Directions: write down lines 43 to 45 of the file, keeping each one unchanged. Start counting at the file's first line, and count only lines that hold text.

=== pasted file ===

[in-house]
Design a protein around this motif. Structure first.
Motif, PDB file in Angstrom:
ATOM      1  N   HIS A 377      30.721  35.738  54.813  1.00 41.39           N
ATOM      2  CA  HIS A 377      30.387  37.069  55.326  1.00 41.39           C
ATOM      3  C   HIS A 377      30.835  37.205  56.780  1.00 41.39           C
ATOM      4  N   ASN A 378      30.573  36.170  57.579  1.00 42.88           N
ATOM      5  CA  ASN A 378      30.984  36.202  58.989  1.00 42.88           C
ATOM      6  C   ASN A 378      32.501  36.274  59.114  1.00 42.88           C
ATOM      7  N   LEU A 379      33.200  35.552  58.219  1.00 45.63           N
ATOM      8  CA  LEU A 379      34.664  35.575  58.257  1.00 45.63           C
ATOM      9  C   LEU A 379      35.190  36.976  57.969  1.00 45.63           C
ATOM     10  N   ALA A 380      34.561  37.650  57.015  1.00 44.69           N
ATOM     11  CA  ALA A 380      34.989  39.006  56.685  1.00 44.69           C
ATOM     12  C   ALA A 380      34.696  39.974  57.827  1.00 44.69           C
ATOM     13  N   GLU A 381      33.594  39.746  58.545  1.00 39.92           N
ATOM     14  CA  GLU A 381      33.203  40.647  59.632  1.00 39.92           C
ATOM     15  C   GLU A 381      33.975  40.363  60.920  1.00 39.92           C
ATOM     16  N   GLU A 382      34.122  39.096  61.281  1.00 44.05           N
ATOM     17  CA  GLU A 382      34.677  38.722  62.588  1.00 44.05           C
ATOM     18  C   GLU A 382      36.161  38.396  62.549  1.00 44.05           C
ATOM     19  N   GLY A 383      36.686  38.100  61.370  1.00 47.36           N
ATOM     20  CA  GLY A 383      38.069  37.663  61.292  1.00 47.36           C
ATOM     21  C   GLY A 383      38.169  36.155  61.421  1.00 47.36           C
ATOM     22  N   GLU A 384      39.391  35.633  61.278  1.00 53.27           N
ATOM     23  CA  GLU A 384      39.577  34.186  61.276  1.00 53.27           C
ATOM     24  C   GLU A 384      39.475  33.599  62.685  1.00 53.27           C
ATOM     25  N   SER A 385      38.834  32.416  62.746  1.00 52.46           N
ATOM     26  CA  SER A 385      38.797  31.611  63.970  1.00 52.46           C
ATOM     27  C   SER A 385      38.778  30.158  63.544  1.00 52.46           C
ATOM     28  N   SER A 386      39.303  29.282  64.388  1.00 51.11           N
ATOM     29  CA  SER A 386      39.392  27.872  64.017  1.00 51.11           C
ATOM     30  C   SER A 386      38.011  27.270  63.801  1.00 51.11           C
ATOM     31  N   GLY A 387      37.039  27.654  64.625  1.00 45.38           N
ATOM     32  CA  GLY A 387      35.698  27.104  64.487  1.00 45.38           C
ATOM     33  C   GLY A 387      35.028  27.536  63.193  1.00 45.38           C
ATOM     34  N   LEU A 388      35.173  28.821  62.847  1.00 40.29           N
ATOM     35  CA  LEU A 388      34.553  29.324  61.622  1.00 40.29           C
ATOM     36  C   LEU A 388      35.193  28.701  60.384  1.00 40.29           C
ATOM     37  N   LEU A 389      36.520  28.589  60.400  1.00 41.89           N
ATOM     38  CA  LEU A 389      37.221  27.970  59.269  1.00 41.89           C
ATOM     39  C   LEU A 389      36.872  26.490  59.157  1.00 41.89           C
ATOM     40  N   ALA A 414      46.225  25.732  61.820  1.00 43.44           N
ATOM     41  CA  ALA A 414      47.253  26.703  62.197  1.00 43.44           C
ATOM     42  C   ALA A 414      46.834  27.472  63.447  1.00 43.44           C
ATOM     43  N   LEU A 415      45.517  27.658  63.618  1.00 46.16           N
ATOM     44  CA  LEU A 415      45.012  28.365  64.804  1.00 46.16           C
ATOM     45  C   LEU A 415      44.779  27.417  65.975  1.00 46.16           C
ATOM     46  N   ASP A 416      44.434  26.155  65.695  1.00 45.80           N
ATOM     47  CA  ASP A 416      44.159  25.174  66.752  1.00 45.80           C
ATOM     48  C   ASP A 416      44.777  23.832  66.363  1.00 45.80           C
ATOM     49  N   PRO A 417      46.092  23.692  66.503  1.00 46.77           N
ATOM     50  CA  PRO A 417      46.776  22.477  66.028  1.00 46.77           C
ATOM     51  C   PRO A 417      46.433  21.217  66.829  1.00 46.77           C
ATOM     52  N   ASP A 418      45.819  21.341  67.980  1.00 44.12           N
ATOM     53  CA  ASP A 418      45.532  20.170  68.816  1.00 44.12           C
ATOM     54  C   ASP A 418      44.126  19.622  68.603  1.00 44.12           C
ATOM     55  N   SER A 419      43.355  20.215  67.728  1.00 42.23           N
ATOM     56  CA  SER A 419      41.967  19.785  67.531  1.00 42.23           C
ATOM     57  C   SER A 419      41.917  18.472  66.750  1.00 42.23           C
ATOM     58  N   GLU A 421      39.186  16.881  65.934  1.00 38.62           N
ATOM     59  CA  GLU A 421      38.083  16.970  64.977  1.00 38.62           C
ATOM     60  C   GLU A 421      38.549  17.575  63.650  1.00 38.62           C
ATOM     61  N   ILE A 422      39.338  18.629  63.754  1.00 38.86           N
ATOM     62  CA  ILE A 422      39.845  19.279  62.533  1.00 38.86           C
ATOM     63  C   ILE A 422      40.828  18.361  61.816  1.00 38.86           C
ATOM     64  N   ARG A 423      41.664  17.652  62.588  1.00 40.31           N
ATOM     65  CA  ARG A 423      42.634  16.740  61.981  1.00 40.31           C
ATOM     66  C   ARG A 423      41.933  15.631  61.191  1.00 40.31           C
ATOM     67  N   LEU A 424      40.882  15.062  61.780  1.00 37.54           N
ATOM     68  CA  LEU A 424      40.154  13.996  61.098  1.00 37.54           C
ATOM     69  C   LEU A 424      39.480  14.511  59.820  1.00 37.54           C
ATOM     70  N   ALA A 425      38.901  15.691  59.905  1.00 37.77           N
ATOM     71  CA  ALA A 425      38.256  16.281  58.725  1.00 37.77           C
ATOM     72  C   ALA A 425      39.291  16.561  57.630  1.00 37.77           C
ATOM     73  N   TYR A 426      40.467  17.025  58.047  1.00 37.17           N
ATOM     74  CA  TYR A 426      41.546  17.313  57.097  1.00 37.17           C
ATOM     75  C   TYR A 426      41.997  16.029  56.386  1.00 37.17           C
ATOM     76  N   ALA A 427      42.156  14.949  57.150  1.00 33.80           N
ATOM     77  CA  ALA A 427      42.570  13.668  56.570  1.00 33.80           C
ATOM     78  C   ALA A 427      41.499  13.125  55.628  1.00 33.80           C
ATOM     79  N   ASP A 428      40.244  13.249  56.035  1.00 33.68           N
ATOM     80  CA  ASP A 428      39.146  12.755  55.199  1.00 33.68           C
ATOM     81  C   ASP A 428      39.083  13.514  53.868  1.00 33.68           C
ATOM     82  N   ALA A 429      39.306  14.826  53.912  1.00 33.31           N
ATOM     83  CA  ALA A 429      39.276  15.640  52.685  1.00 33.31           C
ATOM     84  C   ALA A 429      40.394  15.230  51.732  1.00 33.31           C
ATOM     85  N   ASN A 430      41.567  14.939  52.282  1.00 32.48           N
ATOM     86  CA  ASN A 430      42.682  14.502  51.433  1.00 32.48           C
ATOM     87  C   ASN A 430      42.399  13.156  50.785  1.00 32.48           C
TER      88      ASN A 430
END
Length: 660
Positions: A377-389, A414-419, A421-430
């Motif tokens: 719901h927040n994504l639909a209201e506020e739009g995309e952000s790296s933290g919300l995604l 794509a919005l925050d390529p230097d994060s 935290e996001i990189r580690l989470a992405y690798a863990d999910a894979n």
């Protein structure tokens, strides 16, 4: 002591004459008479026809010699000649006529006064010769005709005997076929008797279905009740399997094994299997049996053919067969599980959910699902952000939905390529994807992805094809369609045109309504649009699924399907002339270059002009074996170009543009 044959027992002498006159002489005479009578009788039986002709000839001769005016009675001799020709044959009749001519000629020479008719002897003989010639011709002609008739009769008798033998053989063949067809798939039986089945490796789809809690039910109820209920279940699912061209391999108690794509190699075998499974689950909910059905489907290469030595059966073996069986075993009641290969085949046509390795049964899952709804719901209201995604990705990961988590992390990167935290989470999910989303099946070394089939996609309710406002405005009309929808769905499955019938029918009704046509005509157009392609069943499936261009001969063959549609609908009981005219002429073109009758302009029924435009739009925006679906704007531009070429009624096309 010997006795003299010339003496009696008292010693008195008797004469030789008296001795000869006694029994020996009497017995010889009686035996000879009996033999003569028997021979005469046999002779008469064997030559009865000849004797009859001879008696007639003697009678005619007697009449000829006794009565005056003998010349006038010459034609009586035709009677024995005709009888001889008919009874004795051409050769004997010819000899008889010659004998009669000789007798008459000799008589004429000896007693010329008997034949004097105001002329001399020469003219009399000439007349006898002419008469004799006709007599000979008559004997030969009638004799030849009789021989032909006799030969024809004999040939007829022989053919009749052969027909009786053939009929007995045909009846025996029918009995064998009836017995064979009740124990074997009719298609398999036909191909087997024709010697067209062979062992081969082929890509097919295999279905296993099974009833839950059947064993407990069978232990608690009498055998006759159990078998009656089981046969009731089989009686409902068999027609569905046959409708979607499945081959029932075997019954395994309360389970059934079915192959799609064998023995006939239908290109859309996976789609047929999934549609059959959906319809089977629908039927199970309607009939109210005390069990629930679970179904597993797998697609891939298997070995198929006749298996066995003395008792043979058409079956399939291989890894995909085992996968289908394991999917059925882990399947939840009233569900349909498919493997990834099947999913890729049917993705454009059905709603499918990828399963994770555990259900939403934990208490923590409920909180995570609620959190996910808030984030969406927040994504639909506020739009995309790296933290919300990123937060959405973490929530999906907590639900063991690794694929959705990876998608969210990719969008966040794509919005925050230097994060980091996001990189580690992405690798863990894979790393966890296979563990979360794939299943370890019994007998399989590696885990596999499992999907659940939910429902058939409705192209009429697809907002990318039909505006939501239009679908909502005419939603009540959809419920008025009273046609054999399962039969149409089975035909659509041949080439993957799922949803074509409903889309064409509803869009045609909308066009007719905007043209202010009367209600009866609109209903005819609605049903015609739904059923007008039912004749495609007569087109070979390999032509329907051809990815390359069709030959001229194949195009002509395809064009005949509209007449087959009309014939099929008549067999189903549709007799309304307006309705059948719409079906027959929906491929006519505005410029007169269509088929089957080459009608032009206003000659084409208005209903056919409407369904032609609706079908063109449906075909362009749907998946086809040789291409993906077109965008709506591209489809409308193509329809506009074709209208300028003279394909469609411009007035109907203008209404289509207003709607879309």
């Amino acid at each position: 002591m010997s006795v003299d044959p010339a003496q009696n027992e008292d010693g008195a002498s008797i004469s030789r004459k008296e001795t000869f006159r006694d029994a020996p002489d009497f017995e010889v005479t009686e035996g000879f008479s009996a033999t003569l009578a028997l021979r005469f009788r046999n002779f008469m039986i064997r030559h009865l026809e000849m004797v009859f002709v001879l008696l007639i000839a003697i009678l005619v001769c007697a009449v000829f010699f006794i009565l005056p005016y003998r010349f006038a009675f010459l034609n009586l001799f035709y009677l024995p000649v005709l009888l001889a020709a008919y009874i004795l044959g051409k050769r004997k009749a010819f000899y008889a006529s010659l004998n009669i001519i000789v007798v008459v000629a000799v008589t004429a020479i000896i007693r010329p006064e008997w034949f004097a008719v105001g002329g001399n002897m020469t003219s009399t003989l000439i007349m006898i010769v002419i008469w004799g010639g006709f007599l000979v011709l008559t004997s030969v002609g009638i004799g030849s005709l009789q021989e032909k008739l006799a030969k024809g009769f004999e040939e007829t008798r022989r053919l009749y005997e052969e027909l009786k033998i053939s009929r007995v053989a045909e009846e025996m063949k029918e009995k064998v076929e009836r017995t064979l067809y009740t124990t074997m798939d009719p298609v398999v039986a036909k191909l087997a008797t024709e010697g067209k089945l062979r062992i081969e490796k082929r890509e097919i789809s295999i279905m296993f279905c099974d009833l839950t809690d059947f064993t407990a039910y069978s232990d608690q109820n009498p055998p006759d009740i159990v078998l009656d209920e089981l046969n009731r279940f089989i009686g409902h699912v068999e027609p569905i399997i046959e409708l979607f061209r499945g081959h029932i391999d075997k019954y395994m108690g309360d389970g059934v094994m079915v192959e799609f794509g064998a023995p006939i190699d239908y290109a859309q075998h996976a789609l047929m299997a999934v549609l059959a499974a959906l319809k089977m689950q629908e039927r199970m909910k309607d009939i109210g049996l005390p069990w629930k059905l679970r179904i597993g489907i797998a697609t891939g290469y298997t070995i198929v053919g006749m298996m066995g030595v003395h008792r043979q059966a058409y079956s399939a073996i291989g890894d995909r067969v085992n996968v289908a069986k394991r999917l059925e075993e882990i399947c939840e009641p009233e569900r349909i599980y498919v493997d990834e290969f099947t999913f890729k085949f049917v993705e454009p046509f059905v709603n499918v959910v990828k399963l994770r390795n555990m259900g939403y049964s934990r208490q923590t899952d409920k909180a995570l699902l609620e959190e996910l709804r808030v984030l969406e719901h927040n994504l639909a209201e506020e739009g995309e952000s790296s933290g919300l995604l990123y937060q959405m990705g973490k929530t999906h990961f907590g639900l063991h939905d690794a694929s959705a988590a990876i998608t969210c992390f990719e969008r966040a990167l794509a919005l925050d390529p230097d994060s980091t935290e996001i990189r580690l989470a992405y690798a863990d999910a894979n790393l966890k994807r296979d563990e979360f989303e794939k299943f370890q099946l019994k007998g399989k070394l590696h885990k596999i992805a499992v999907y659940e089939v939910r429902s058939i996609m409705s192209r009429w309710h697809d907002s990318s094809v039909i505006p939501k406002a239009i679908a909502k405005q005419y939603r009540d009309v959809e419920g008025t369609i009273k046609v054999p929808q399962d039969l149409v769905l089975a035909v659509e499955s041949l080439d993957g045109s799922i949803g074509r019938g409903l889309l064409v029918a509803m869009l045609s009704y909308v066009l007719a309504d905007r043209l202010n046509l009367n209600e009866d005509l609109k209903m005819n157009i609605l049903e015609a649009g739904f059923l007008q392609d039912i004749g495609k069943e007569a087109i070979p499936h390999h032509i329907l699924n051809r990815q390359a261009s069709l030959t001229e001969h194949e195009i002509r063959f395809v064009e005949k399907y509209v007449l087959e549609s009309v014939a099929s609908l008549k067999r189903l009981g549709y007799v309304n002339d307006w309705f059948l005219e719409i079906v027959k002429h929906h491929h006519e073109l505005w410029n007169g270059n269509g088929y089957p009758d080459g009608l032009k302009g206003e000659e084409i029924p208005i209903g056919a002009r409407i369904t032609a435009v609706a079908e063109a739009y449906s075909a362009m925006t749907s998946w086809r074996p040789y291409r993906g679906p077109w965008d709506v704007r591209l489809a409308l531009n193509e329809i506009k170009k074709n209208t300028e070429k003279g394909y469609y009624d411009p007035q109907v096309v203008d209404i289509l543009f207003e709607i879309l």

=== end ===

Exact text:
ATOM     40  N   ALA A 414      46.225  25.732  61.820  1.00 43.44           N
ATOM     41  CA  ALA A 414      47.253  26.703  62.197  1.00 43.44           C
ATOM     42  C   ALA A 414      46.834  27.472  63.447  1.00 43.44           C